Identifying Phishing Emails: There is Nothing Good on the Other Side of That Link!
Cyber security is a hot topic these days, and for good reason. People are catching on, and they are seeing the need to learn about cyber security, whether they are a personal user or a business. But where do you start? Most people are not technically savvy; they are users in one capacity or another. Even people whose jobs are based on using a computer know how to do the job they are required to do and have no interest in being more tech savvy. They simply want to do their work and use their devices without the worry of getting a virus. So, how do you teach people to be mindful about their online activities?
Antivirus software and good passwords are not enough; you need to learn to identify potentially dangerous scenarios. You may have heard the terms “phishing” or “spear phishing” before. Wikipedia defines phishing as follows:
“Phishing is the attempt to obtain sensitive information such as usernames, passwords, and credit card details (and money), often for malicious reasons, by disguising as a trustworthy entity in an electronic communication.” - https://en.wikipedia.org/wiki/Phishing
Typically, phishing campaigns are carried out through email. Just about every personal user has an email account these days, and businesses give their staff company email accounts. That means that almost everyone is a potential target of a phishing campaign. Having a good spam filter working with your email server is important. However, cyber criminals can be very good at what they do and work very hard to beat the spam filters.
Identifying a Phishing Email
We have all seen the emails from an African prince or princess whose uncle is threatening to steal their fortune, and if you help them get it out of the country, they promise to share it with you. These emails have become a running joke, but what about the email from Apple asking you to verify your account credentials or the attached invoice for services rendered? Phishing messages can be deceptive and will trick some people into giving up information or installing malware onto their computer or smartphone.
How can we tell the difference?
There are some telltale signs that give away the illusion, and I am going to show you what they are. Most phishing messages will have a link that they want you to click on. On the surface, they will look like a link pointing you to a personalized web page on their site. But if you hover your mouse pointer over the link, a popup will show what the real link is.If the popup shows anything different than the link shown or has misspellings or anything unusual, then this is your first clue that there is nothing good on the other end of this link. To take this a step further, we can use a free online tool called Virus Total. Virus Total allows you to copy and paste a URL into a search box and scan the link. To do this, right-click on the link (be careful not to left-click or you will activate the link), choose “Copy Hyperlink,” and paste that into the Virus Total website. After you click the search icon, Virus Total will let you know if there is anything dangerous on the other end.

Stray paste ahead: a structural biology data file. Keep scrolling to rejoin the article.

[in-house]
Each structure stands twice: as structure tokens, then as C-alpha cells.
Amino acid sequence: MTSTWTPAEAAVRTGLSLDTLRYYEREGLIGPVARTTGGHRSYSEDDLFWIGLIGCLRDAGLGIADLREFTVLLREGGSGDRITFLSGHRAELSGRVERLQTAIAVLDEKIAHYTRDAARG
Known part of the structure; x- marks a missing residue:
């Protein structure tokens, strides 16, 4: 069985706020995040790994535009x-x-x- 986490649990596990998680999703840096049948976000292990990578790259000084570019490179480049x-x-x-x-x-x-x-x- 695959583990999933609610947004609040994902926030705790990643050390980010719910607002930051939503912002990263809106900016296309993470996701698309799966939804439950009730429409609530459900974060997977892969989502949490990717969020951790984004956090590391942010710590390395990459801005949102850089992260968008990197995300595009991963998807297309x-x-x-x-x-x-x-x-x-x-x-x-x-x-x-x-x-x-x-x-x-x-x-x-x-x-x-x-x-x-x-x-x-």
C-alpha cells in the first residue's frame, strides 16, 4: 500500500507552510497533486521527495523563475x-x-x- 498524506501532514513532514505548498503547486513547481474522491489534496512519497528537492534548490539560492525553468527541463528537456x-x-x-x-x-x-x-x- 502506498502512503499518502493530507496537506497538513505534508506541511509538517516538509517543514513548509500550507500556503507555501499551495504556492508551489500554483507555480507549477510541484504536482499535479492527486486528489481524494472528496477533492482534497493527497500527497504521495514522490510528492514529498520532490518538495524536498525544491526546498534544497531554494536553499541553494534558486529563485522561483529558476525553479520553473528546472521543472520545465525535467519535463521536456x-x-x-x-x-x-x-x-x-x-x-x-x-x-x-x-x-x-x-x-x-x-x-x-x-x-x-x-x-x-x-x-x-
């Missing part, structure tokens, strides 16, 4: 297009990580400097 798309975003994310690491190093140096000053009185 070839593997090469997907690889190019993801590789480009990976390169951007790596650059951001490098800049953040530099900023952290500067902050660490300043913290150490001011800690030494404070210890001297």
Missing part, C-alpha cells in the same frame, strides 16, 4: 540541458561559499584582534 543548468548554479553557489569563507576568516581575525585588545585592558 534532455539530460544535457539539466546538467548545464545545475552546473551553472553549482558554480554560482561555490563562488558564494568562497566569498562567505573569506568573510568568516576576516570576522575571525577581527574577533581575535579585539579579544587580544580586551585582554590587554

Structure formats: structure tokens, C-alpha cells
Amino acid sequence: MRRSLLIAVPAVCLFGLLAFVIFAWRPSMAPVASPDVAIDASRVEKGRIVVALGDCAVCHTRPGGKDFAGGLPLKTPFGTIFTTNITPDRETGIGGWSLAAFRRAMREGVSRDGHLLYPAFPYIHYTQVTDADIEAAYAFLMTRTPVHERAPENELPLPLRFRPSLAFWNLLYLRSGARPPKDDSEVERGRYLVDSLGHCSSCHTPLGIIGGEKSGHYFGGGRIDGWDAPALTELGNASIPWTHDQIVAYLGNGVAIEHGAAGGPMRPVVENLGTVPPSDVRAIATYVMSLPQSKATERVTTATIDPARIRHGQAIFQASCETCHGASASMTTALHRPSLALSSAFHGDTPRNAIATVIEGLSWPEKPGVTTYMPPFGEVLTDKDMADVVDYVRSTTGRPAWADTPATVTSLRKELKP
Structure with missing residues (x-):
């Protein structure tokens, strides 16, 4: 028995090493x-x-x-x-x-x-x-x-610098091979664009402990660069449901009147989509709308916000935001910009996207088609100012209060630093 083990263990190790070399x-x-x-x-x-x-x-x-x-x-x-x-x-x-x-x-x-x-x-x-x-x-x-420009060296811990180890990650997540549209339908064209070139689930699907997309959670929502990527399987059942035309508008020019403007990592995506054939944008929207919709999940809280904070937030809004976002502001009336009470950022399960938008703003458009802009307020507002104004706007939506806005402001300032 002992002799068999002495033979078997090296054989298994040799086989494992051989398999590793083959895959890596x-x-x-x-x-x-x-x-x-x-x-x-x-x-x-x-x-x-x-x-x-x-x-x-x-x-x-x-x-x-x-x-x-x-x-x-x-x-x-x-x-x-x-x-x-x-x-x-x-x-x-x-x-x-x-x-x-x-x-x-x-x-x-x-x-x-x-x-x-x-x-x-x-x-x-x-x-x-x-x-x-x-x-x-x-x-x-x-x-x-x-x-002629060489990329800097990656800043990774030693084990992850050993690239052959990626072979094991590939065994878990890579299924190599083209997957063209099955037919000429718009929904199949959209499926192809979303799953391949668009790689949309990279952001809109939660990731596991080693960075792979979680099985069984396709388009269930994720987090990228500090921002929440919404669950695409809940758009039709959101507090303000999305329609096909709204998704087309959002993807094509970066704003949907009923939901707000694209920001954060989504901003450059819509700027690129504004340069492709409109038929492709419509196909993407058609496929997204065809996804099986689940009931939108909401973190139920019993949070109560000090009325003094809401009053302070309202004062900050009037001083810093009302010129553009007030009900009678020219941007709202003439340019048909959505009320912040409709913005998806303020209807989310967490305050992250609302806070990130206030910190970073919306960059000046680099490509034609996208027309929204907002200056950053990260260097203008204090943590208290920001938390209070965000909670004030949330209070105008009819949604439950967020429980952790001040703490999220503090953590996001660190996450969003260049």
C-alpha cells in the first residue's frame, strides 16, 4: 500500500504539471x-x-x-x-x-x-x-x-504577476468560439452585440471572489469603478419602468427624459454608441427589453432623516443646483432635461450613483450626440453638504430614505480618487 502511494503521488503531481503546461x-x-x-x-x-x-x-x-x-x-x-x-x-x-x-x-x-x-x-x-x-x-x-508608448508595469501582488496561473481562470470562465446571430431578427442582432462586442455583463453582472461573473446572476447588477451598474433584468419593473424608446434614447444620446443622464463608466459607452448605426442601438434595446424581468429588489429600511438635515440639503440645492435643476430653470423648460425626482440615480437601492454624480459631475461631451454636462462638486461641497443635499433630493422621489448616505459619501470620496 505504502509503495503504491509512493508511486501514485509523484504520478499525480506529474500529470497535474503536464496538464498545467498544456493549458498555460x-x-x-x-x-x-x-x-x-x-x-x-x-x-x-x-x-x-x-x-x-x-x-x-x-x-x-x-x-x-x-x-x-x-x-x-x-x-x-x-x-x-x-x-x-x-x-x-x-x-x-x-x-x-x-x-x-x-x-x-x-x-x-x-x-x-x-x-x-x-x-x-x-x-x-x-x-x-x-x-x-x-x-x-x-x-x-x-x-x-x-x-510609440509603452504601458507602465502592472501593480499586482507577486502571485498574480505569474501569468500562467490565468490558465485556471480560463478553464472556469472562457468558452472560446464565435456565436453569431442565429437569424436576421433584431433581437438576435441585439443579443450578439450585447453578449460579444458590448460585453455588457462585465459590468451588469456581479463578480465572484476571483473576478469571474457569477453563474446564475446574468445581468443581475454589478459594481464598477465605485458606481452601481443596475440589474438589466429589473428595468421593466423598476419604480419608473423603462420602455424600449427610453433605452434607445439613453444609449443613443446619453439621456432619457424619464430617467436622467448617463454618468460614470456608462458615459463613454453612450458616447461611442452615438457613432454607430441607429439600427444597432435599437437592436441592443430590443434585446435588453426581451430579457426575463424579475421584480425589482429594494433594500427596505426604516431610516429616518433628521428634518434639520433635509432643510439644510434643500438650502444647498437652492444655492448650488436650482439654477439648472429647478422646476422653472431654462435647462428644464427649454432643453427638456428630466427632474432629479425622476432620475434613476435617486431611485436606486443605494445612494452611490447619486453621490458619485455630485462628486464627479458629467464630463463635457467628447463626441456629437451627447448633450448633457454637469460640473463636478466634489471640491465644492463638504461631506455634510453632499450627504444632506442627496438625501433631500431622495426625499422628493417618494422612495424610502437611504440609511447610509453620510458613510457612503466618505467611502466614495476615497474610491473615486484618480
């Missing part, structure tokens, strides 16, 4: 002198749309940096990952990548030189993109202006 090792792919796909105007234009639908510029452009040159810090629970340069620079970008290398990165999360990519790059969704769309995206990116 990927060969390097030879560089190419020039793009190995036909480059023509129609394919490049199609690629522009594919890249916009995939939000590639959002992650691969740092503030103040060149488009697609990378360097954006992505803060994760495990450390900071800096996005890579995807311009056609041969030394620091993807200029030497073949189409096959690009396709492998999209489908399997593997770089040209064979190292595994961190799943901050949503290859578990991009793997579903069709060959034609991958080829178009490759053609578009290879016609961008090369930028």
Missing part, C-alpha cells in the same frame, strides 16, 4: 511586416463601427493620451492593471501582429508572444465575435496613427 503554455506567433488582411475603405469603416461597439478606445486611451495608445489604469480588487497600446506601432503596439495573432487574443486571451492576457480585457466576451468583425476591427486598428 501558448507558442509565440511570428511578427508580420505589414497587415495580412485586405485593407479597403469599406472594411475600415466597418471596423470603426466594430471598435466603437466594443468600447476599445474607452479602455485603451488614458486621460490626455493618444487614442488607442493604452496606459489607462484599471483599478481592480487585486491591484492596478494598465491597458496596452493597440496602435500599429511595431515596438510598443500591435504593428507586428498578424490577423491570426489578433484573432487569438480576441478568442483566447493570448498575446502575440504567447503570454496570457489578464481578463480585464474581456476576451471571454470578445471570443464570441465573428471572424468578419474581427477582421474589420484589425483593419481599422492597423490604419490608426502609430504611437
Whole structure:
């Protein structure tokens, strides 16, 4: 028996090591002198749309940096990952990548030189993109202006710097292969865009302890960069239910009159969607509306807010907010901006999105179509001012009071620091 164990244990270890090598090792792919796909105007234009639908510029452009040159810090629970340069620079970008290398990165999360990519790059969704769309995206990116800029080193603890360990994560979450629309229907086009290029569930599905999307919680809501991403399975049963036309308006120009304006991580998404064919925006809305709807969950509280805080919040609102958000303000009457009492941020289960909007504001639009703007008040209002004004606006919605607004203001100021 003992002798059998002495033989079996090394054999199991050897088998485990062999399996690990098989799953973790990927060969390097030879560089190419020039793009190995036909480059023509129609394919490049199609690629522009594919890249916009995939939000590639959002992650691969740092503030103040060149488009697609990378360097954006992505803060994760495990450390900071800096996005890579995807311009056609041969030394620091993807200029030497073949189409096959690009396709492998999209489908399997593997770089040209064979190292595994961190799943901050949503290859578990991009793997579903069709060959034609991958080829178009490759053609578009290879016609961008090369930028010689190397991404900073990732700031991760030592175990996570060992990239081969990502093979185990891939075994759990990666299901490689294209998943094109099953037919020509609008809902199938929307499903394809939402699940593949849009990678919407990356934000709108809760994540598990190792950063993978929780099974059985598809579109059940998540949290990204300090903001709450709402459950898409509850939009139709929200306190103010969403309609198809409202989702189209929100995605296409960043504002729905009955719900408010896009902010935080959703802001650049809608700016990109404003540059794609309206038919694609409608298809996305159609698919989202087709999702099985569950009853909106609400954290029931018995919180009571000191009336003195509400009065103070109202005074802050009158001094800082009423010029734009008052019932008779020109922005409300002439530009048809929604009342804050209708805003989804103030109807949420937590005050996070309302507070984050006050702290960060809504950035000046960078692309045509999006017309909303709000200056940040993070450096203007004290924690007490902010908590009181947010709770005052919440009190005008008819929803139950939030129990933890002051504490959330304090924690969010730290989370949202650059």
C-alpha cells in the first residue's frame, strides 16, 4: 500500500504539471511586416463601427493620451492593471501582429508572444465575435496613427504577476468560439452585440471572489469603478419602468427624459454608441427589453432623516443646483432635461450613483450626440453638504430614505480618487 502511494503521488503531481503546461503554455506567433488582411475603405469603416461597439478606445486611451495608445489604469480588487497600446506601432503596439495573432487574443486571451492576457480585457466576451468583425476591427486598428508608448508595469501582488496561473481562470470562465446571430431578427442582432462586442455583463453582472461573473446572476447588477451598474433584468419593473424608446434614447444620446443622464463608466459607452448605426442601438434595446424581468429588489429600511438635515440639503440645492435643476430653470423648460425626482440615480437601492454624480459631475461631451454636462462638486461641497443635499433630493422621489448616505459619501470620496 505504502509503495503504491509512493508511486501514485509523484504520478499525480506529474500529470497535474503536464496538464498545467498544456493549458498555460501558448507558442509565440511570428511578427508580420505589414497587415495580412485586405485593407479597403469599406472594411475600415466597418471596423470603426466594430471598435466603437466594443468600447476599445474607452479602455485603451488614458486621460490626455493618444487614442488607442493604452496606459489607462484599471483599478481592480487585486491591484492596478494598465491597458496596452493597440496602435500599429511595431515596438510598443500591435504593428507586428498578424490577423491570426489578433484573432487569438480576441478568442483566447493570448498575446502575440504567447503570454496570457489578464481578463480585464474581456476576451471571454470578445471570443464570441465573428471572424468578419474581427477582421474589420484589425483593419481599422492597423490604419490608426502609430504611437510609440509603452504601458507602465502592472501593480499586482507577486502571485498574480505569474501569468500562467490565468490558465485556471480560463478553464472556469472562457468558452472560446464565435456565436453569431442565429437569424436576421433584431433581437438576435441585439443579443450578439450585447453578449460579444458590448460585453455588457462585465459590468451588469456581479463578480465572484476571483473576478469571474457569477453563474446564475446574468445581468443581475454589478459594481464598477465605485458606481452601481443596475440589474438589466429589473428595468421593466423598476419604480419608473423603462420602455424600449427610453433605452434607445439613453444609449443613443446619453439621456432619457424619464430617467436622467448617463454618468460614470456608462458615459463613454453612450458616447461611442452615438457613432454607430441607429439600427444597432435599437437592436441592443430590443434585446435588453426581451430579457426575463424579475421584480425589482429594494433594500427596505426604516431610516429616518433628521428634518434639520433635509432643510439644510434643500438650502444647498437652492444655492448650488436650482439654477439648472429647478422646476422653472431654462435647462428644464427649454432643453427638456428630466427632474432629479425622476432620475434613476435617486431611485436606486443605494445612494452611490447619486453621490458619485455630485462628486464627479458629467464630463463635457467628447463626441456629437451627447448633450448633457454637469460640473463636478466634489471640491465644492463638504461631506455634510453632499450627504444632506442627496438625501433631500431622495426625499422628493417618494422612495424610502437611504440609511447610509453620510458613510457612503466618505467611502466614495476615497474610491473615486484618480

We have proven that this is a malicious link, but there are two more online tools that we can use to further identify information about this phishing campaign. The first one I am going to show you is MXToolbox. This tool lets you put in a domain name (i.e., bc.edu, which sent us the email) and run an MX lookup. MX records are email server records. It’s how email servers know where to deliver messages sent to a given email address. They take the domain portion of the email address and look for an MX record associated with that domain. This record tells the server which IP address that email server has and sends the email to that server. When we search in MXToolbox for bc.edu, we get an IP address.
We can take this IP address and enter it into the next online tool I’m going to show you, Cisco Talos. Talos Intelligence is a reputation lookup. We can lookup the reputation of sending servers by IP address and get their location in the world. This information will be very useful in determining if you should be getting an email from that location. For example, take the IP address in the above image and paste it into the Talos Intelligence search box.
As you can see, the bc.edu email server is in Boston. Its reputation is neutral now, but I can feel confident that I should not be getting an email from Scotiabank, with an email server in Boston regarding my account status.